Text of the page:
fbpx

Navigate / search

Is a Woman’s Hair “Pinned Up” Her Covering?

Head Covering Objections
The Objection: The Greek word “Akatakalyptos” is incorrectly translated as “uncovered” or “unveiled” in English translations of the Bible. A more accurate rendering would be “unloosed”. Paul is not commanding women to wear a head covering, but is telling them to pin/bundle their hair up instead of letting it hang down their backs.

This view was articulated by James B. Hurley (Professor of Marriage and Family Therapy, RTS Jackson) who said:

…the custom in view was not the wearing of the shawl but rather the wearing of that hair style which marked a woman in proper relation to her husband or father. It was the custom of women to wear their hair pinned up in a “bun” rather than hanging loose. 1) Did Paul Require Veils or the Silence of Women? A Consideration of 1 Cor 11:2-16 and 1 Cor 14:33b-36 (Volume: WTJ 35:2 – Winter 1973)

How is this view supported? Dr. Hurley says the most “fruitful text” to study is how the Septuagint translates Leviticus 13:45. The Septuagint (also known by the abbreviation, LXX) is a Koine Greek 2) The language the New Testament was written in. translation of the Old Testament. It was the Bible used by Greek speakers in the time of Jesus and the Apostles. So let’s first take a look at this passage Dr. Hurley mentioned with a special focus on the Hebrew 3) The language the Old Testament was written in. word behind hair “hanging loose”. Read more

References

1.
 Did Paul Require Veils or the Silence of Women? A Consideration of 1 Cor 11:2-16 and 1 Cor 14:33b-36 (Volume: WTJ 35:2 – Winter 1973)
2.
 The language the New Testament was written in.
3.
 The language the Old Testament was written in.

R.C. Sproul Jr. Quote Image #1

R.C. Sproul Jr. Head Covering Quote

Is a Woman’s Long Hair Her Covering?

Is A Woman's Long Hair Her Covering?
The Objection: The Scriptures tell us that women must pray & prophesy covered. This should not be understood as an artificial covering on top of her hair since 1 Corinthians 11:15 states that a womans covering is her long hair. The fact that men should have short hair and women have long hair was Paul’s point.

While we affirm that a woman’s long hair is her natural covering, we see two different coverings being talked about in this chapter. One of them is a woman’s long hair which is natural, permanent  and a glory to her  (1 Cor 11:14-15). The other would be a fabric covering which is artificial, removable (1 Cor 11: 5) and a symbol of authority (1 Cor 11:10). Read more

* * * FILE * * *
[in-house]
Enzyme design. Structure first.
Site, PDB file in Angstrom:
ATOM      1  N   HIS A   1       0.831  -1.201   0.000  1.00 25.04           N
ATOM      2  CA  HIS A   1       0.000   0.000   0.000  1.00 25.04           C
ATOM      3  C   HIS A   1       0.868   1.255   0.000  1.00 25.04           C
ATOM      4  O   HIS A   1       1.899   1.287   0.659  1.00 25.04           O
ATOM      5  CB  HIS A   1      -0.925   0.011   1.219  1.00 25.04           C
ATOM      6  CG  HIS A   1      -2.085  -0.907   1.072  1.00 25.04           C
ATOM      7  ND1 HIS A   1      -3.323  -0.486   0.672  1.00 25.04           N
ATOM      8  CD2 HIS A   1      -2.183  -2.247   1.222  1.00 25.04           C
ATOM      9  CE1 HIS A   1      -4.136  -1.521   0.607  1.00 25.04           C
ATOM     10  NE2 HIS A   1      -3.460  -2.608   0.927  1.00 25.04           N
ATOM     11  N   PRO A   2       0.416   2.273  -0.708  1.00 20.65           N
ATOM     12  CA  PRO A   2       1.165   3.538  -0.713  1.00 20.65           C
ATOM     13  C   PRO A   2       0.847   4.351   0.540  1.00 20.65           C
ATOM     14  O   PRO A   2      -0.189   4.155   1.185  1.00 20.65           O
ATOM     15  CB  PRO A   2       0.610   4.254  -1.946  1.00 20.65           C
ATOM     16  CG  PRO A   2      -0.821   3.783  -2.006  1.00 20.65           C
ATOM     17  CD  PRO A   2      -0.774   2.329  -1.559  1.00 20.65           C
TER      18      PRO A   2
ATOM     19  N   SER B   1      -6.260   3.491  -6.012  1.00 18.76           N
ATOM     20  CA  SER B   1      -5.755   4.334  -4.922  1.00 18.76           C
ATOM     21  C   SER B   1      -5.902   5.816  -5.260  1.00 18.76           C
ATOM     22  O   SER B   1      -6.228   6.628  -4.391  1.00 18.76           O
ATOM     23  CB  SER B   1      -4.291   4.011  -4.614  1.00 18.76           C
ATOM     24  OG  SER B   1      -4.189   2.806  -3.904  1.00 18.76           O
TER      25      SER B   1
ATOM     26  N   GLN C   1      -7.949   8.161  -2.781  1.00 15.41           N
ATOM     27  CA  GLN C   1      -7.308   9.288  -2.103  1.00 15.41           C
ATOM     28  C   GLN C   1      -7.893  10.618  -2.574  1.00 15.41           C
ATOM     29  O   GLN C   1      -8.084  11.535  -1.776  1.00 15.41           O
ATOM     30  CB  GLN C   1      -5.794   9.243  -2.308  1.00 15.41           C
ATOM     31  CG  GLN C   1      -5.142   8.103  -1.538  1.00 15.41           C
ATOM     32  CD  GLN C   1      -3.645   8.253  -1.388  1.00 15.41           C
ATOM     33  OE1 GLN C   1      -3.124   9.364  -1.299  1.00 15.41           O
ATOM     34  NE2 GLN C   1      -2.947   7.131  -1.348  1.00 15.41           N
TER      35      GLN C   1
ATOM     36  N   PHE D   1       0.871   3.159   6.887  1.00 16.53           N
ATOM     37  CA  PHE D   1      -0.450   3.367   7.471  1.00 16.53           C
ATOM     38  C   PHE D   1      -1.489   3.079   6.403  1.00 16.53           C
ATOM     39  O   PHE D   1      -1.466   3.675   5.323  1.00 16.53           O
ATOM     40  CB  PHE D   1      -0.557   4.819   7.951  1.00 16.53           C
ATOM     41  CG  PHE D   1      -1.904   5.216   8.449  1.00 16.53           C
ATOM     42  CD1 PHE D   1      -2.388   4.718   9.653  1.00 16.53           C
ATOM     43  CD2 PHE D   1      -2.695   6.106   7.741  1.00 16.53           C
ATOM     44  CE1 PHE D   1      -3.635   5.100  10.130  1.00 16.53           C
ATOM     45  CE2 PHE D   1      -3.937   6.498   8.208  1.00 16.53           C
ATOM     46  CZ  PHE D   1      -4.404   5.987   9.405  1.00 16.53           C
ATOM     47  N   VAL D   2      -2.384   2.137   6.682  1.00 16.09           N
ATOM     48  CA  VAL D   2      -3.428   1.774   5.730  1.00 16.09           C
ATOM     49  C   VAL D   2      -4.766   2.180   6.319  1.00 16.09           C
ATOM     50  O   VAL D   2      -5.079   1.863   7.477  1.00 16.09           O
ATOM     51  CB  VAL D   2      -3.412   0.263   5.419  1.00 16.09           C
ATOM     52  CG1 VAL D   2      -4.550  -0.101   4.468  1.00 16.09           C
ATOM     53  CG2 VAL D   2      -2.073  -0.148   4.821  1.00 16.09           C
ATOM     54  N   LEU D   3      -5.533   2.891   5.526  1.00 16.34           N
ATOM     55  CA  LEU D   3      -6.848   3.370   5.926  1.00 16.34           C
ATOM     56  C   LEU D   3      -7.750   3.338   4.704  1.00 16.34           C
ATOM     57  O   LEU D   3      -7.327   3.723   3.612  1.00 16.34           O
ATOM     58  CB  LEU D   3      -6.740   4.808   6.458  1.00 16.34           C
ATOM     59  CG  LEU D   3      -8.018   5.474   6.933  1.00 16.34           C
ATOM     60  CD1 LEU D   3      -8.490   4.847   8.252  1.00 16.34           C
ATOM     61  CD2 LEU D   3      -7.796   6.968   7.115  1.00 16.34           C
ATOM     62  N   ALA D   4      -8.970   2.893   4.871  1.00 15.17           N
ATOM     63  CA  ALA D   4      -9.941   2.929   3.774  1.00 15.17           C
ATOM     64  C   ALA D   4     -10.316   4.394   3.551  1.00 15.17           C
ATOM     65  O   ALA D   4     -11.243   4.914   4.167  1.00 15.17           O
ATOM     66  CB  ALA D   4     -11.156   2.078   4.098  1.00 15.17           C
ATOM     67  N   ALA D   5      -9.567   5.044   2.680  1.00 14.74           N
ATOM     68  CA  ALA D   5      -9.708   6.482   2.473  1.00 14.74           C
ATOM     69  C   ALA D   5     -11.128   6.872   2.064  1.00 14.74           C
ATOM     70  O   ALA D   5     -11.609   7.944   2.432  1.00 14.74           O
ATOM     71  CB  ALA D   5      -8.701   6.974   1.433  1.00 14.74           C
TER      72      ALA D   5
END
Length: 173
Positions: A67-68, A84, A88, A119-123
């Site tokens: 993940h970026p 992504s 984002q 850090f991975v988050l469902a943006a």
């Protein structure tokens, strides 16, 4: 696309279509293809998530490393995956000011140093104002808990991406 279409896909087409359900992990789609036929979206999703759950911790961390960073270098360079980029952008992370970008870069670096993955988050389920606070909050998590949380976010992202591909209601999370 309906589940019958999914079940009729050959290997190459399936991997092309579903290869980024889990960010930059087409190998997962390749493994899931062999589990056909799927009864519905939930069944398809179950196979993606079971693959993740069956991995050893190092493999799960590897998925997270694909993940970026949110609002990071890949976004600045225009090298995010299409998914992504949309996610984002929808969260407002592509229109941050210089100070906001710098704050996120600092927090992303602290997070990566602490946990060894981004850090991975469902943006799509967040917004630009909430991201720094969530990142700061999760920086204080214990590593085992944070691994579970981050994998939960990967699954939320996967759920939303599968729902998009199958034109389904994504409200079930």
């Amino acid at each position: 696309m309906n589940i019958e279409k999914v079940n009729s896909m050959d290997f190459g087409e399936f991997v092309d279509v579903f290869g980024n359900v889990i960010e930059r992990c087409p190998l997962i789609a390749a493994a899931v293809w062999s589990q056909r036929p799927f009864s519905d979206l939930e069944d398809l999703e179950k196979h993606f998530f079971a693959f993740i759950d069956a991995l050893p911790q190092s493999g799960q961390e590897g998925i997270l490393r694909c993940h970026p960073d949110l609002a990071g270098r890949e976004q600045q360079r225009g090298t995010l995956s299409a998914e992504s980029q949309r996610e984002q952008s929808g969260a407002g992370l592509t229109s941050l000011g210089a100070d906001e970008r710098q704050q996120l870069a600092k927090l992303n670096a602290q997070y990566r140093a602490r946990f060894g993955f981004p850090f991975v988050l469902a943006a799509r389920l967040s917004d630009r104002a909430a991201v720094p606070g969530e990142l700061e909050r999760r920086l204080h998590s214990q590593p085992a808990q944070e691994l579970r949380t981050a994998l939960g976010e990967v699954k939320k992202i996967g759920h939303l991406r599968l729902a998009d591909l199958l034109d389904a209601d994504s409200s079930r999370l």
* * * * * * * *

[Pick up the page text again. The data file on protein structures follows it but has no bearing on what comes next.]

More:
A Hermeneutics Lesson from R.C. Sproul

Is head covering a custom or a principle? Should it be practiced today? If we’re not sure, what should we do?

In this 5 minute clip, R.C. Sproul gives us a hermeneutics lesson while using head coverings as his example.

If you enjoyed this clip consider listening to the full sermon here ($2 cost).
The audio in this video is copyrighted by Ligonier Ministries. It was posted with their permission.

Where are Head Coverings to be Practiced? In Church or Everywhere?

Where Is This To Be Practiced?

“…the head covering for women was understood to belong to the decorum of public worship.” -John Murray [1898-1975] (Professor, Westminster Theological Seminary) 1) Head Coverings and Decorum in Worship: A Letter’ by John Murray. Point #5

The Scriptures tell us that head coverings are required when praying or prophesying. However, an important question we should be asking ourselves is praying and prophesying where?

One side understands this command as pertaining to both public and private life. They would say since we are to “pray without ceasing” (1 Thess 5:17) women should be covered almost all the time.

The second understanding is that head coverings are only commanded for when the local church gathers together in worship. This view gets its understanding from the context the passage is found in.

Let’s jump in by examining how the passage regarding head coverings is laid out. Read more

References

1.
 Head Coverings and Decorum in Worship: A Letter’ by John Murray. Point #5

Send this to a friend